, , , ,

Building a HdM Alexa Skill – Part 1

Eric Schmidt

Introduction to the Project

It is becoming obvious that chatbots are quickly emerging to the next Big Thing. This is especially evident by the recent flood of publication of software development kits by major tech companies to encourage developers to build applications for their ecosystem.

Microsoft offers a SDK to enable chatbots in Skype, Facebook is implementing chatbots into its own messenger, Google is opening up their voice assistant to the public and Amazon already offers more than 3.000 custom skills for their Alexa voice service. Combined with Smart Speaker – take Amazon Echo, Google Home or the very recently announced device integration of Cortana by Microsoft as an example – seamless voice interaction is introduced into our every day life and opens up a whole new market for developers to implement their products into the daily routine of their users.

To gain expertise with this new technology we decided to develop our own voice service. Since – as of December 2016 – Amazon is slowly releasing their smart speakers Echo and Dot to Germany, we took the opportunity to be one of the first to release a German speaking Skill.

Now that we knew how to implement the project we needed to decide on what to implement. It was important to us that we don’t just implement a product that only serves us as a mean to learn and study but something that benefits others as well. The idea for a lightweight knowledge system which covers the basic functions to get through a regular university day at the HdM seemed fitting since we personally struggled with ever changing lecture halls. While there are possibilities to quickly lookup important updates using the mobile application or one of the information displays which are distributed throughout the buildings, our team took the opportunity to further simplify the daily student life while using as much state of the art technology as possible.

The video below shows an overview over the functionality of the finished project to give a brief preview on what to expect.

Task Overview & Team Setup

If we were to start a new project from scratch, we wanted to develop it using both new or sophisticated software tools (e.g. serverless computing). At the same time, we faced a challenge concerning the hardware implementation: At the time of writing, the Amazon Echo / Dot devices are only available by invitation (and Amazon is very sparse giving them away). So, to be more independent, we initially decided to build our own Alexa powered device using a Raspberry Pi – which led to a whole other problem (more in the corresponding blog post). While two of our group worked on the Raspberry Pi – and later joined the skill development – Jonas and myself wrote the actual skill using Node.js while heavily relying on test driven development. To be able to seamlessly and automatically integrate our code from Bitbucket into Amazon Lambda we settled for Jenkins which was setup and configured by Malte.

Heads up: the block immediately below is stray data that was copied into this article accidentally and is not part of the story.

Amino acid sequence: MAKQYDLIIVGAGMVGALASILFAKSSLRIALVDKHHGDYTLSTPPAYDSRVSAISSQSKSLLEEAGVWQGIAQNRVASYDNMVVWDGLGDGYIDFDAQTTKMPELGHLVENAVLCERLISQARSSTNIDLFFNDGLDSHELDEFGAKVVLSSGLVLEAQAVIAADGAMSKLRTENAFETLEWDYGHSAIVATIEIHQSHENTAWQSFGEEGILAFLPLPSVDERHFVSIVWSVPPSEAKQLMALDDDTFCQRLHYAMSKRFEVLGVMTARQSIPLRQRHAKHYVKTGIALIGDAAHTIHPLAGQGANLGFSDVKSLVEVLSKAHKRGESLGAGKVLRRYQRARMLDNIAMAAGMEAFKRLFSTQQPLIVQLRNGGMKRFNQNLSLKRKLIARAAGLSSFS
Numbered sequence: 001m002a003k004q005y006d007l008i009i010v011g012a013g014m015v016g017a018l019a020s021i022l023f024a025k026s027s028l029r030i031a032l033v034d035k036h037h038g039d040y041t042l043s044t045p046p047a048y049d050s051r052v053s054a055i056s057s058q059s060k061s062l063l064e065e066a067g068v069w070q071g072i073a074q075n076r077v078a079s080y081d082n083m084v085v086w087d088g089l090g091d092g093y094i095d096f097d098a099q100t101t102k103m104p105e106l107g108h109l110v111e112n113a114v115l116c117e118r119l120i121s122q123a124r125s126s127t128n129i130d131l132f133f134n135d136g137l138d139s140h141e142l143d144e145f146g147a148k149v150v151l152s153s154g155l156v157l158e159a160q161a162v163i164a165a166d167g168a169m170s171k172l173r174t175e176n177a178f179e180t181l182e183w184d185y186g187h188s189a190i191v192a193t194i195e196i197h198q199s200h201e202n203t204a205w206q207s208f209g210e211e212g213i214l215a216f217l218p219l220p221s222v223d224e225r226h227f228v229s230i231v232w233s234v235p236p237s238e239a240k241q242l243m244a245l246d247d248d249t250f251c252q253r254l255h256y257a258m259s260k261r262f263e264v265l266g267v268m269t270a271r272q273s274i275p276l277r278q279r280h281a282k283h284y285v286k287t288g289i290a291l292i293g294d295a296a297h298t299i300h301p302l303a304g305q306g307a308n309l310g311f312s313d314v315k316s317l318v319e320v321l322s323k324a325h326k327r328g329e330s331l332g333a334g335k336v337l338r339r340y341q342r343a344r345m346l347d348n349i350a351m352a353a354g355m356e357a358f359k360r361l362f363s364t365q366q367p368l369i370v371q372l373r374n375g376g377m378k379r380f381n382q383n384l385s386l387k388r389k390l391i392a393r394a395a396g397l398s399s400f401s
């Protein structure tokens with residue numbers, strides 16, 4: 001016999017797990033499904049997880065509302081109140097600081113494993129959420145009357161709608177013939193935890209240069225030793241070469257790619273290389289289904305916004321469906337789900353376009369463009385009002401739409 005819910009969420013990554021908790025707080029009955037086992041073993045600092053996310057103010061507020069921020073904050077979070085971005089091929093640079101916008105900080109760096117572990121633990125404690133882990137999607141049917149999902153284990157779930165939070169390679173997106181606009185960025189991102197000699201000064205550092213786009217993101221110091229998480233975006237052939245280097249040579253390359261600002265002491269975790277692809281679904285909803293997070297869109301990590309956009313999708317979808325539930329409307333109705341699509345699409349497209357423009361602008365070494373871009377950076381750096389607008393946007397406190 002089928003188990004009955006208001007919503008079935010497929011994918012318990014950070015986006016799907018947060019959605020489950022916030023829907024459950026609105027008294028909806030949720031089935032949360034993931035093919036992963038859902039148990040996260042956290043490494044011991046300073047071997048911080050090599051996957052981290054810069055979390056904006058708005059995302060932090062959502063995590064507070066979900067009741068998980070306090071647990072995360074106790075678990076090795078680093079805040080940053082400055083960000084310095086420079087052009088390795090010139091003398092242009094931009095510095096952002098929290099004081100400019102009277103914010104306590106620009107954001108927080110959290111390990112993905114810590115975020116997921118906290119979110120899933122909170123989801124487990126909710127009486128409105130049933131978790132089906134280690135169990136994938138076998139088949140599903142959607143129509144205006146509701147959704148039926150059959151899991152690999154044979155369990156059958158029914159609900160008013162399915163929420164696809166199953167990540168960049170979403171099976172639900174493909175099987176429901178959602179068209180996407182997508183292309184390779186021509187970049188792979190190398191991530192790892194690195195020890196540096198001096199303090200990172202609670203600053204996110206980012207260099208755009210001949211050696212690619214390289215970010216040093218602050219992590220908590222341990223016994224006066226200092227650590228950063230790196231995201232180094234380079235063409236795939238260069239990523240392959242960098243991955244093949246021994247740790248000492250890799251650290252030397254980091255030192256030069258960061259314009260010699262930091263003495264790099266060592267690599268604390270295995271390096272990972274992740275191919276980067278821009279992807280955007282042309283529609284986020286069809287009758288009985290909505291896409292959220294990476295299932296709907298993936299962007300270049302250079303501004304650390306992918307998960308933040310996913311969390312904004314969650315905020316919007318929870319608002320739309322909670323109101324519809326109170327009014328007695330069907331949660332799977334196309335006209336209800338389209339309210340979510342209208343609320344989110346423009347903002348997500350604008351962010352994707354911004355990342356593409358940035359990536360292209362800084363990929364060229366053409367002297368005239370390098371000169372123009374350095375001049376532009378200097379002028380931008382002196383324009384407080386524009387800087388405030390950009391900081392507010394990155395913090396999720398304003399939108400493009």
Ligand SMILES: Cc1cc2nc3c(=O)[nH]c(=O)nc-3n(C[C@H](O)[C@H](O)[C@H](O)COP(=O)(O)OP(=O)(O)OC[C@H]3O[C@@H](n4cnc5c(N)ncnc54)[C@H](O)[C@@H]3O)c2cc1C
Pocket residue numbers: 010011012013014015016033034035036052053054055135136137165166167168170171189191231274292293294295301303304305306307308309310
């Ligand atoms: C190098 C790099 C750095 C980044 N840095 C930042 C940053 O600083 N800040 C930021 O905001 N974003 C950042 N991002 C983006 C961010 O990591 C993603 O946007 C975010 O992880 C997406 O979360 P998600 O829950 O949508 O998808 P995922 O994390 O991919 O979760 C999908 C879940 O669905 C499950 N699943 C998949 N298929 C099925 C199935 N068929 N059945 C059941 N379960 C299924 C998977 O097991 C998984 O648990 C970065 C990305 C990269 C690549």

Team MemberActivity
Andreas FliehrAlexa Implementation on Raspberry Pi & Skill Development
José EgasAlexa Implementation on Raspberry Pi & Skill Development
Eric SchmidtSkill Development
Jonas ScheffnerHdM API Wrapper & Skill Development
Malte VollmerhausenJenkins

Distribution of Labour

Obtaining the Data: Writing a Client Application

Before we could start to write the actual skill we needed to gain access to the relevant information from various sources (The website of the university, menu schedule etc.). Fortunately for us, there is an API available which already parses the data of these sources and returns a JSON-Object containing the information. Jonas wrote a straightforward wrapper module for this API using Node.js which we later used to obtain the information we needed (The module is available on npm). After the development on the module was completed, we were able to start with the actual development.

Coming Up

The following blog posts include in-depth coverage of the implementation techniques and reasoning of using Amazon’s Alexa Voice Service (AVS), Serverless Computing with Amazon Lambda, Jenkins as the continuous integration platform and Node.js as the programming environment all while heavily relying on test driven development. We hope you find the upcoming articles informative and that we could give you a little insight into our way of working.

Further Remark: We plan to publish the skill and make it accessible through the amazon skill store! We will update this article as soon as it is available.


Resource NameLink
Skill Repositoryhttps://bitbucket.org/jscheffner/hdm-alexa-skill
Client Repositoryhttps://bitbucket.org/jscheffner/hdm-node-client


Leave a Reply